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History of electronic music and what it is all about
The earliest attempts to create noise, sound or even music by using electricity go back to 1874 and before. So there is a long list of artists, engineeres and inventors, who paved the way to modern electronic music. Starting with Elisha Gray - In 1874, he performed the first concert with electronic instruments ever. He was followed by Thaddeuz Cahil in 1898 who showed up and invented the Dynamophon. In 1905 the Composer Edgar Varése. In 1919 Léon Theremin, and many more in the following years. Some of this invented historical electronic instruments are still in use, they are still built, and if you are interested it is possible to buy a new built Theremin. (Sometimes called Aerophone). Click ->this to read about the timeline of historical electronic instruments. Or follow ->that link to read about 120ys of electronic music.

 

What I do with synthesizers and other electronic gear

Some day in the late 1970ies I joined this weird family of electronic sound nerds. - As I mentioned before: I´m a storyteller. I tell musical stories. Here you may find out, how that came to be and what I mean by saying "I´m telling musical stories."

Very early in my teens I started to play music, became a guitarplayer in a garageband. We covered catchy tracks from that time ... the one and only selfcomposed piece consisted of exactly two chords and had a playtime of 20 to 40 minutes - depending on circumstances. Every Minute was drifting and swirling to an extreme. - From the first time I listened to electronic music I was open for new worlds of sound. Audible adventures in outer space. - I´m still telling storys about space quests and adventure ever since. Science. Robots. Spacecrafts. Aliens.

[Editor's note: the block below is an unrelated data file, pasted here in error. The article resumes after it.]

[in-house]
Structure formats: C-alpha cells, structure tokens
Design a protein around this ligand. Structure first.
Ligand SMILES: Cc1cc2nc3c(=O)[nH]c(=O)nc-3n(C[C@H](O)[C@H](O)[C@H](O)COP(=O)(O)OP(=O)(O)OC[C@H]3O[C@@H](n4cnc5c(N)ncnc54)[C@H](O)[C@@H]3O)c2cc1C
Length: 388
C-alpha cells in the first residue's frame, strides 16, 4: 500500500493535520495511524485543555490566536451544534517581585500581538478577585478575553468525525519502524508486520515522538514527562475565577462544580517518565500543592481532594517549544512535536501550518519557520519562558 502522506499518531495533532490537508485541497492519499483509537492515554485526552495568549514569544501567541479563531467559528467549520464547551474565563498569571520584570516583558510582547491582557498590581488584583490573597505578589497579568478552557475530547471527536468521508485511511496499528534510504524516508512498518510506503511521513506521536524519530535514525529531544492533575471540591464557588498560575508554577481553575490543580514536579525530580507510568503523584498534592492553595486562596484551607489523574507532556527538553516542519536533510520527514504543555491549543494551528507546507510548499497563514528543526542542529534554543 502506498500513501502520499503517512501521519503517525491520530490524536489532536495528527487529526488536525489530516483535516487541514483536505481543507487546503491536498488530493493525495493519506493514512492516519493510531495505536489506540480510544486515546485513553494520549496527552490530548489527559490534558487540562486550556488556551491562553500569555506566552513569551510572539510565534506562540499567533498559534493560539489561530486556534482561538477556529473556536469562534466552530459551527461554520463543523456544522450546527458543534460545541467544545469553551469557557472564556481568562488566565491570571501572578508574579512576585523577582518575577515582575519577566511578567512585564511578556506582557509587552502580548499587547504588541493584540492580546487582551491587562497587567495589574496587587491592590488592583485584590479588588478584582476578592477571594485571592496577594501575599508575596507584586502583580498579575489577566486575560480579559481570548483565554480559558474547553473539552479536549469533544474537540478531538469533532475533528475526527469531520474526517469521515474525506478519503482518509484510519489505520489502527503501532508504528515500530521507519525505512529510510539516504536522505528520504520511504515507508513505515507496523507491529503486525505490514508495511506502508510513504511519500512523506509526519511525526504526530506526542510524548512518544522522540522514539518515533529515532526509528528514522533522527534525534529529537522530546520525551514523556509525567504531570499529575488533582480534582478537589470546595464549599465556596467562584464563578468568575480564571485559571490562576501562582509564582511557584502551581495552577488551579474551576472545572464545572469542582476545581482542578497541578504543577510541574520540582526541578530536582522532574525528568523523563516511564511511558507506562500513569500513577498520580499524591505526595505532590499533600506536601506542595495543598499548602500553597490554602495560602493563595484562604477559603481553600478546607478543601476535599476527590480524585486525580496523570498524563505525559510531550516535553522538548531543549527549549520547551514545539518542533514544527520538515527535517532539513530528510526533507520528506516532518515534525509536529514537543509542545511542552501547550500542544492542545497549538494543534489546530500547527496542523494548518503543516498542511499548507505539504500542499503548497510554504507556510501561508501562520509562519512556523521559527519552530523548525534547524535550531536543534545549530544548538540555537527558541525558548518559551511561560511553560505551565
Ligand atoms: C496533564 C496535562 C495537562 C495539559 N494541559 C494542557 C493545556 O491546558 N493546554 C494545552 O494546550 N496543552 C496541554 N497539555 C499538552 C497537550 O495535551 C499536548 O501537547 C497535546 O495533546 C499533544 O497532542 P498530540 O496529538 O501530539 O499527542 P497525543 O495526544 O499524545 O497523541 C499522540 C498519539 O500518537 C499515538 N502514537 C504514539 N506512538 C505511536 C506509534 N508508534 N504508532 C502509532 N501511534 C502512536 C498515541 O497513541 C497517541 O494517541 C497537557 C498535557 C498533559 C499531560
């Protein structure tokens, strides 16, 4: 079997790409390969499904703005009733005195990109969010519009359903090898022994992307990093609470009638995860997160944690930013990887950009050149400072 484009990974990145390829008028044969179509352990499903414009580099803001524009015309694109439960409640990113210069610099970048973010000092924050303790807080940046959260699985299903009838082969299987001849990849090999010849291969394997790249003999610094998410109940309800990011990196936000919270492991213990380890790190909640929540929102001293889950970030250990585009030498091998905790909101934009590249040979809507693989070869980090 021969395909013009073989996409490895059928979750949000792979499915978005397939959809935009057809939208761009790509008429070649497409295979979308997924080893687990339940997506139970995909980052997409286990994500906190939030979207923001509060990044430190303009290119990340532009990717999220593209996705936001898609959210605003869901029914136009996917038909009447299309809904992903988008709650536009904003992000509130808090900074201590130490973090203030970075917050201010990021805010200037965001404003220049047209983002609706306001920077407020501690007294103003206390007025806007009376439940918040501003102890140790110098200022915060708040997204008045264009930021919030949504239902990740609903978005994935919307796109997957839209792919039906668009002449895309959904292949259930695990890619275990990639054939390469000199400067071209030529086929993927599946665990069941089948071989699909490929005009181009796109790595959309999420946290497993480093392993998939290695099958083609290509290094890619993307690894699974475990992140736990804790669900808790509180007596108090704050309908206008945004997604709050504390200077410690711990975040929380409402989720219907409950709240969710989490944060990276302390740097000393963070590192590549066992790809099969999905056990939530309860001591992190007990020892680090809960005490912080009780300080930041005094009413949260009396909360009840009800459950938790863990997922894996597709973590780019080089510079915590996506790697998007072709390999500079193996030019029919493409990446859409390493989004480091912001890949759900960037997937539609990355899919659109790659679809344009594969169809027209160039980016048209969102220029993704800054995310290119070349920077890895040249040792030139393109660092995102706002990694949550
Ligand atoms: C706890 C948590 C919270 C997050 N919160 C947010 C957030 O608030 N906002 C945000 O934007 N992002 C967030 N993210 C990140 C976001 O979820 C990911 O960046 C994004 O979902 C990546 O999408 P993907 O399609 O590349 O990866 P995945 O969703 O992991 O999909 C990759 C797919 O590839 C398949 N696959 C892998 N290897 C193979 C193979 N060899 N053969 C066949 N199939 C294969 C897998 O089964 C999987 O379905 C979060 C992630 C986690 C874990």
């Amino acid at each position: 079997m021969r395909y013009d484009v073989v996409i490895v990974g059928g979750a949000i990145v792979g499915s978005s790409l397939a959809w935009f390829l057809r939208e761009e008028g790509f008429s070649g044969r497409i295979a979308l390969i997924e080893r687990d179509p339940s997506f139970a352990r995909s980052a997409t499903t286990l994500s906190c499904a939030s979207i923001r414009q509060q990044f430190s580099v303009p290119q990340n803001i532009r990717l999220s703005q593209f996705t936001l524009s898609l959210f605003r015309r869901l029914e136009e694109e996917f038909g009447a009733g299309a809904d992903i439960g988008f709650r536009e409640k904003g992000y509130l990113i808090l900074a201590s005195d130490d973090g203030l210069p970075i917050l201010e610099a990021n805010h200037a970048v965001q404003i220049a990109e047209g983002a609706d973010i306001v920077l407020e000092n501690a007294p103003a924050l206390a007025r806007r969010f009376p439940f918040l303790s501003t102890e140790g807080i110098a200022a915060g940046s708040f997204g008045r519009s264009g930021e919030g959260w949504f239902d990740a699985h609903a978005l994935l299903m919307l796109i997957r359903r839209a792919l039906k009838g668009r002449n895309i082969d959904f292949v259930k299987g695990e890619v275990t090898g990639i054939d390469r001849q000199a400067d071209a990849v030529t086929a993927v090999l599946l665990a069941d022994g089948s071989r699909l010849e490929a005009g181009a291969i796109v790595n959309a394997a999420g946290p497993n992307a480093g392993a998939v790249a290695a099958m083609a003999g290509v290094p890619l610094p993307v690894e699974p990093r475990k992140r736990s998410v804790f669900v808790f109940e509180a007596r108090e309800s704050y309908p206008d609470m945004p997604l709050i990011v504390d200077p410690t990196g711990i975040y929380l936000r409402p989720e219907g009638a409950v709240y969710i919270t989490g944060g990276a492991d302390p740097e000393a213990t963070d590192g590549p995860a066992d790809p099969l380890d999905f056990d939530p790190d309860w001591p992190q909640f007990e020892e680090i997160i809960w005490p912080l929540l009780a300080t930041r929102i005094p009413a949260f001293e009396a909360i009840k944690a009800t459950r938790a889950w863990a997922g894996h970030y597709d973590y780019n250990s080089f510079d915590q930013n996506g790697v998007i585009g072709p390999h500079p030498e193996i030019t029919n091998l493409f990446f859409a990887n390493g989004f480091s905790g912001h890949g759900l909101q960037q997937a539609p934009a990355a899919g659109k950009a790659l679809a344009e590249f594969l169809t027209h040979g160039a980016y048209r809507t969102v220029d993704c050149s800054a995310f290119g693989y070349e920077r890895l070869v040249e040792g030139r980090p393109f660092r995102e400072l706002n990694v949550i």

Some day I could listen to the album Irrlicht bei Klaus Schlulze. From that very moment I was addicted to that kind of music. I started to be interested in those exotic and totally alien Instruments, called Synthesizer and Vocoder and Sequencer.

 

Close encounter of the third kind

Very soon there was a close encounter of the third kind with a real synthesizer. I think it was a Crumar Compac. For the first time I was able to touch such an enigmatic thing. I could fumble and play with it ... and after a few Filtersweeps I was infected by the electronic germ.

At this first real contact with a synthesizer I realized all of a sudden, that beside the huge modular synthesizer systems of those days there was a range of instruments that had a more reasonable size, and therefore a much more reasonable price than for example a Moog-System 55.